Happy Upfronting

On your mark. Get set. Go upfronting.

With seven weeks to go before media agencies and TV sellers warm up the microwaves for all that late night upfront buying and selling activity, it's probably a good idea to reminisce over the good times - of 2004.

All those nice revenue gains that network TV, cable TV, local TV, and syndicated TV made last year -- mostly from that regular bi-annual advertising jump from being a Presidential political year and a Summer Olympics year - will be humbled in 2005 like a banished and dejected reality show contestant.

At least that's what the seers of the TV upfront advertising world are envisioning - what with companies like General Motors, Procter & Gamble, and others hinting at retrenchment in their media spending.



Still, any clear crystal balls here are more like kaleidoscopes these days- needing scores of major mathematics formulas to predict upfront revenues. CBS might well employ that math professor on its "Numb3rs" show for starters. Already first and second quarter scatter business has been limping along - though some buyers in cable will tell you otherwise. The second quarter is always a relatively accurate harbinger of what is to come.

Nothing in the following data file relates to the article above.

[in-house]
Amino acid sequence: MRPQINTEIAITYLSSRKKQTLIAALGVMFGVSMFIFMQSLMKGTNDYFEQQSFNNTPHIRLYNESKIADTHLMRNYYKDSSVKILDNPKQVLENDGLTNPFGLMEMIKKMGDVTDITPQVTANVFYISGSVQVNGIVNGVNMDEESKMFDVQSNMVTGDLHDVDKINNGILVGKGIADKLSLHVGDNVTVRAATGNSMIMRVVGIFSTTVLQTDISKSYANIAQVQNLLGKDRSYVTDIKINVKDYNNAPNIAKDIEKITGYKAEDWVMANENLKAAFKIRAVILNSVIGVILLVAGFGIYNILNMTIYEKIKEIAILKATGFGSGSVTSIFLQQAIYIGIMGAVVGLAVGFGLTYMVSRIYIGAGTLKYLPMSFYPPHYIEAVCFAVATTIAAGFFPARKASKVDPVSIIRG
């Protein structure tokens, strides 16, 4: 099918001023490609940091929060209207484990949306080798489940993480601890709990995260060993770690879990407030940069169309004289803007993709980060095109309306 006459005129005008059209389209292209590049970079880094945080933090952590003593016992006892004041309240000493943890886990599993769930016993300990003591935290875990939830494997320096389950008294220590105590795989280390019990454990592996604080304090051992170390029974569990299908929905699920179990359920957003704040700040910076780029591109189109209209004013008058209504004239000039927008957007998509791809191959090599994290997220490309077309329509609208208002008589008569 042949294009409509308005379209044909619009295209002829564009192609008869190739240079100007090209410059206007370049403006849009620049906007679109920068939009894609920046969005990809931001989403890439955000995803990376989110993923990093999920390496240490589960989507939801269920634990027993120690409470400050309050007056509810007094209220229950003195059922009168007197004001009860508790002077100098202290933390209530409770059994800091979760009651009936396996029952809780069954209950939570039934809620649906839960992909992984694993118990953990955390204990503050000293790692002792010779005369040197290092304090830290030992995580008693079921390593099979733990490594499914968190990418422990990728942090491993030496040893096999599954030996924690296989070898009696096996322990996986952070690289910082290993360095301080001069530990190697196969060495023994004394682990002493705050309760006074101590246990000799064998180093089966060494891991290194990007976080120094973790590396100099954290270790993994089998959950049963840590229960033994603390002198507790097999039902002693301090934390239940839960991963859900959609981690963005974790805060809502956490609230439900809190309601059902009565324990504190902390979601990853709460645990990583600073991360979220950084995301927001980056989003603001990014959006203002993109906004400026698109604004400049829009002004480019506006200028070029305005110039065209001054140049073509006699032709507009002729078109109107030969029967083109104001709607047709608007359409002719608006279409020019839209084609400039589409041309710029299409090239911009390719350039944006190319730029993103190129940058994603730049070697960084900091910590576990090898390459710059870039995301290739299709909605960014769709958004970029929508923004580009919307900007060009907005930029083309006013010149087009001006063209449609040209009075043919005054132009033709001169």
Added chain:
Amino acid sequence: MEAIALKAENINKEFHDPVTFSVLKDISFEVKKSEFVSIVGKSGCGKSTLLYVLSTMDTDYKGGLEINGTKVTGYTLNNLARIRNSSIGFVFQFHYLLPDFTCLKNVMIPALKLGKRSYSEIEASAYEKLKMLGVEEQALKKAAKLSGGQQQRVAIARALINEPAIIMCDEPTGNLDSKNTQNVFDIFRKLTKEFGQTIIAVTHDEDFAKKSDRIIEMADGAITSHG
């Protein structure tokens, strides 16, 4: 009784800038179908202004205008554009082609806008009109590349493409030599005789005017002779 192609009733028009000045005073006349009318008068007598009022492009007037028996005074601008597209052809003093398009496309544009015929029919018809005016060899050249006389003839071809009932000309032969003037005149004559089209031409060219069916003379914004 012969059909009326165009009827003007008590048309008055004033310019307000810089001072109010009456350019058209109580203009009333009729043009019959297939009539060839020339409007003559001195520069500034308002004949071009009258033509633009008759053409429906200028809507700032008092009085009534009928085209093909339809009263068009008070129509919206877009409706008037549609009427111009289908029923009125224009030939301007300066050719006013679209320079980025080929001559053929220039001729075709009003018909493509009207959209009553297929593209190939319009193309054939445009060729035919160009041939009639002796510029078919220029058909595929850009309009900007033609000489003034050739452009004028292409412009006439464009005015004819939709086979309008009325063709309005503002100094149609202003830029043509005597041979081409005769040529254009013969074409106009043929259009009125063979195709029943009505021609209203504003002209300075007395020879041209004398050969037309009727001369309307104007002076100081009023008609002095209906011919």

If media agency buyers are correctly observing that scatter pricing is down 5 percent versus upfront pricing, the odds are the 2005-2006 upfront selling seasons will be soft, culminating in one of those long drawn-out affairs where no one will get a summer vacation until Labor Day.

Still, it's good to see that local broadcast improved last year into the double digit growth-land of 12 percent to just over $18 billion -- beating some industry estimates. Syndication TV must have surprised analysts as well, grabbing a 16 percent gain for the entire year to $3.9 billion. Network TV didn't do as well, but a still solid 9.5 percent rise to $24.9 billion.

Celebrate now TV sellers, because any buzz you hear won't be media agencies looking for an early deal. That noise is coming from your stomach as it churns looking for answers to the question: How can I get to those lofty, high, single-digit CPM price increases?

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